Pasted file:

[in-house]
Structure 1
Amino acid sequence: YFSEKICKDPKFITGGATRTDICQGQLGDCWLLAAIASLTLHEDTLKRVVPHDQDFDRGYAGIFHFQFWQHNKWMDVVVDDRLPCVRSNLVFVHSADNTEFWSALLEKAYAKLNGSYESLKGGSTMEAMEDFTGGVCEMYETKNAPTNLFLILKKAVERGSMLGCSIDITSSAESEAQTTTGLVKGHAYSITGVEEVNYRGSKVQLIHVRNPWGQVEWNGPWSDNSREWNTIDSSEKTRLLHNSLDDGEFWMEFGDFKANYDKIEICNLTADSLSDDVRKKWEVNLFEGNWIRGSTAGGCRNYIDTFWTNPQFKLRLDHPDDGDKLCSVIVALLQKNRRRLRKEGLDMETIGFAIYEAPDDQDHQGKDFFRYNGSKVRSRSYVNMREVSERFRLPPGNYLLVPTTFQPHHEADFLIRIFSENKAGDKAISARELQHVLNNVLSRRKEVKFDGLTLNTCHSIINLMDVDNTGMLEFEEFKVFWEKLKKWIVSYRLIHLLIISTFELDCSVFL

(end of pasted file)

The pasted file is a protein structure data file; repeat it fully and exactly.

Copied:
[in-house]
Structure 1
Amino acid sequence: YFSEKICKDPKFITGGATRTDICQGQLGDCWLLAAIASLTLHEDTLKRVVPHDQDFDRGYAGIFHFQFWQHNKWMDVVVDDRLPCVRSNLVFVHSADNTEFWSALLEKAYAKLNGSYESLKGGSTMEAMEDFTGGVCEMYETKNAPTNLFLILKKAVERGSMLGCSIDITSSAESEAQTTTGLVKGHAYSITGVEEVNYRGSKVQLIHVRNPWGQVEWNGPWSDNSREWNTIDSSEKTRLLHNSLDDGEFWMEFGDFKANYDKIEICNLTADSLSDDVRKKWEVNLFEGNWIRGSTAGGCRNYIDTFWTNPQFKLRLDHPDDGDKLCSVIVALLQKNRRRLRKEGLDMETIGFAIYEAPDDQDHQGKDFFRYNGSKVRSRSYVNMREVSERFRLPPGNYLLVPTTFQPHHEADFLIRIFSENKAGDKAISARELQHVLNNVLSRRKEVKFDGLTLNTCHSIINLMDVDNTGMLEFEEFKVFWEKLKKWIVSYRLIHLLIISTFELDCSVFL